It is still just round the corner. In car racing terminology, this seems to be a rather long bend. We don’t really know how many apexes are still to be negotiated before 5G becomes a reality on your phone. After successful 5G tests, Reliance Jio and Bharti Airtel are confident that 5G services for consumers in India would become a reality sometime in the coming months, albeit with the small matter of the spectrum auction along the way. But there may just be a complication. It is called 5Gi, the localized version of 5G, a standard different from 5G standards used by networks globally. And compatible with the phones that you buy. The standard has been designed by IIT Madras, IIT Hyderabad and Centre of Excellence in Wireless Technology (CEWiT), emerging from an Indigenous 5G Testbed project, approved and funded by the Department of Telecommunications (DoT).
So, what really is 5Gi? The basic difference between 5Gi and the global 5G standards is that the former is designed to work on bands lower than the range of 5G bands otherwise. The global range standards for 5G networks are between 700MHz and 52,000MHz, there may be some sacrifice of range of connectivity at higher bands. These are further divided into low frequency brackets (less than 1GHz bands), medium frequency (1GHz to 6GHz bands) and high frequency (greater than 6GHz bands). India, like most 5G ready countries and mobile networks, is most active with tests in the medium frequency range. Mobile service providers in India have regularly referred to the 1.8GHz and 2.1GHz bands for coverage here. The 5Gi networks work on lower bands on the spectrum, the idea being to offer a wider coverage area with every 5G transmitter.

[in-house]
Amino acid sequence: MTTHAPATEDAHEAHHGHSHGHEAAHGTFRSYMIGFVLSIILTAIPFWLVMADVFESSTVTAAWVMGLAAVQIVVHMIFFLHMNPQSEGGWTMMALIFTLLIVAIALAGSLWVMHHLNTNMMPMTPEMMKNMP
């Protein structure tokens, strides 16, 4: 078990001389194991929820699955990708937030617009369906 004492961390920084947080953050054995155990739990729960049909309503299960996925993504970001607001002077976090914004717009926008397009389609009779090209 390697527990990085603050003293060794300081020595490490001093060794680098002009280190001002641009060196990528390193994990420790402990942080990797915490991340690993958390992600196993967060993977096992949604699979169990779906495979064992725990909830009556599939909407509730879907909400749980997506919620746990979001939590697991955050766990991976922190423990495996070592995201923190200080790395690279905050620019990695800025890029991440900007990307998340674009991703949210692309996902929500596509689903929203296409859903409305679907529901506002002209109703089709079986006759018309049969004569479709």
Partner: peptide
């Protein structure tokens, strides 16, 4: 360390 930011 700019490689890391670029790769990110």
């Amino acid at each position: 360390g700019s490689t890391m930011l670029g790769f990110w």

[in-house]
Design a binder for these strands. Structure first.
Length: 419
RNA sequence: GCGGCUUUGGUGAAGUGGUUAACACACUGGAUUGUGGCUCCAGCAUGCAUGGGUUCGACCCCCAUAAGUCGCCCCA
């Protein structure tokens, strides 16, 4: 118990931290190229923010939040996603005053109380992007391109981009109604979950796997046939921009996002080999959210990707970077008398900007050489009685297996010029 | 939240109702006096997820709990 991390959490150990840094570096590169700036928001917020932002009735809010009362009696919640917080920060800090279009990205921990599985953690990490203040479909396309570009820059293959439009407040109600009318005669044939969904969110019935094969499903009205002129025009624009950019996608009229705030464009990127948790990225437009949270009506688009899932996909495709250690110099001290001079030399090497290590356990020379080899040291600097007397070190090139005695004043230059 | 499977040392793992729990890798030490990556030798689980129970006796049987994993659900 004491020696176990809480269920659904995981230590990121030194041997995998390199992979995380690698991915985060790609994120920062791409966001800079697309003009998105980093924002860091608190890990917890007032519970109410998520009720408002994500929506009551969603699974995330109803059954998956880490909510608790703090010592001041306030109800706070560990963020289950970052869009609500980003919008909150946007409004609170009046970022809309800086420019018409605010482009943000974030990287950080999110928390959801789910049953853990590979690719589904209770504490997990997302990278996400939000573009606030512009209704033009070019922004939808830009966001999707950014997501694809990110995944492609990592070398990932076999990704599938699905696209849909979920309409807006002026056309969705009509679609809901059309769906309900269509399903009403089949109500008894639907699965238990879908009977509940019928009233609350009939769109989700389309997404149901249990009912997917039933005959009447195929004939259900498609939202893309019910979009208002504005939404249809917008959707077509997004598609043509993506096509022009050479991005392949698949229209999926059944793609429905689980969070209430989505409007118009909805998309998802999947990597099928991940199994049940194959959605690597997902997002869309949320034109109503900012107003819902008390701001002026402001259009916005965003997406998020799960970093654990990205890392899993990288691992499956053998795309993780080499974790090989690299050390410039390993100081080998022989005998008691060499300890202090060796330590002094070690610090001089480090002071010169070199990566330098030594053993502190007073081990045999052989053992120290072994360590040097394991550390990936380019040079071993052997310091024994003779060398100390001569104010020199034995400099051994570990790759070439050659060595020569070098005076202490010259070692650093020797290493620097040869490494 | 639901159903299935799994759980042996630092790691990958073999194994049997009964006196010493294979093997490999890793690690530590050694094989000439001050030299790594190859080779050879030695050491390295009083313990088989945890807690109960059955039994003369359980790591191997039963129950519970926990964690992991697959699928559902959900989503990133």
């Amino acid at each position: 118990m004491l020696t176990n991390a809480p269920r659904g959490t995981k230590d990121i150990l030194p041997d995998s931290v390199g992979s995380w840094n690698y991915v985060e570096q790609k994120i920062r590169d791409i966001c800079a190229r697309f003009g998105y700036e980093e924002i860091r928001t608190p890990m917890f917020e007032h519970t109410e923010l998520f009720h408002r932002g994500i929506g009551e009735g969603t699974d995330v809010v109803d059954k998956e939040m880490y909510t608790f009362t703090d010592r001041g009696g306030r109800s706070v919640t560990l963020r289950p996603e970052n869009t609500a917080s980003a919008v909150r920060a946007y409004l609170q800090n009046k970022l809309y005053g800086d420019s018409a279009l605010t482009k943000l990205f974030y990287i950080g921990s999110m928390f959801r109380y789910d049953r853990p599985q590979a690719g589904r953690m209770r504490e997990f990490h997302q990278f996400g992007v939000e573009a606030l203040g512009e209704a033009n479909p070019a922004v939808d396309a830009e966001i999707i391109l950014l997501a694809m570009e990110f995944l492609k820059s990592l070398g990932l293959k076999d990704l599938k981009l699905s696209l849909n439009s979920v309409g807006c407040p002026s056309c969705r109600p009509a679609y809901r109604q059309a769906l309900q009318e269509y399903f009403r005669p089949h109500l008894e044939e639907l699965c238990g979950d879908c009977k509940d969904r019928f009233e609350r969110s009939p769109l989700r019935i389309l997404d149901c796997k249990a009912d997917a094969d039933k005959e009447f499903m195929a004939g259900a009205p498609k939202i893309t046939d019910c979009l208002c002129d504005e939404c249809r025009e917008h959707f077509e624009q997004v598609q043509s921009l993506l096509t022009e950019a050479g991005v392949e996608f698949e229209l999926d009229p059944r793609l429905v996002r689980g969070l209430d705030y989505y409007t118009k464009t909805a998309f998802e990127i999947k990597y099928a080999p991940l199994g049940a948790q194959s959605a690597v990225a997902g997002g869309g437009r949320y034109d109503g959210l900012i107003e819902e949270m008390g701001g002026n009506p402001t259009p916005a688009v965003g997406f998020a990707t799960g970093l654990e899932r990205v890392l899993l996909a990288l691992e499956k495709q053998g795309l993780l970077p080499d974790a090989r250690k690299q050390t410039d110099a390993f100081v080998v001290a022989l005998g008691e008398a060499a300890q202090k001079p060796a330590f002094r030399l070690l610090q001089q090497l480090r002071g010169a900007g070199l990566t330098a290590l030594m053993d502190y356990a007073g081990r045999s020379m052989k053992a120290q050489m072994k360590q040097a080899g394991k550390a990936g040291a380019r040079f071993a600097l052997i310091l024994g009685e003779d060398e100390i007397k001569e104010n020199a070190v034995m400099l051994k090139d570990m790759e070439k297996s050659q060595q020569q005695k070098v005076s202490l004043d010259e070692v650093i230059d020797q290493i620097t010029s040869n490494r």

What Is The Complication? The 5Gi technology that is being tested works on the Low Mobility Large Cell method, with a cell based transmit waveform to increase the range. The Telecommunications Standards Development Society, India (TSDSI) has said, “Enhanced cell coverage enabled by this standard, will be of great value in countries and regions that rely heavily on mobile technologies for connectivity but cannot afford dense deployment of base stations due to lack of deep fibre penetration, poor economics and challenges of geographical terrain.” TSDSI had proposed the use of large cells as a mandatory 5G requirement back in 2017. This is to push mobile connectivity in rural areas as well as offer better coverage in high-density areas where network load and therefore slower than usual mobile data speeds, is often a concern.
Existing Technology May Already Have The Solution. The thing with the switch to large cell from the existing small cell hardware already in use for 4G and 5G networks globally, is that the small cells with tweaks to how they work, can deliver similar and even better results. Ericsson and Australian mobile network Telstra announced that they were able to extend the range of each cell in their 4G network to 200km. This is double the standard limit of 100km. This negates the need for new network infrastructure hardware acquisition and deployment. What cellular service providers in India are insisting is the need to standardise 5Gi in line with the global 5G standards and requirements, which would eliminate delays because of ecosystem incompatibility and limitations, as well as potential cost to customers whose phones may potentially not work with 5Gi.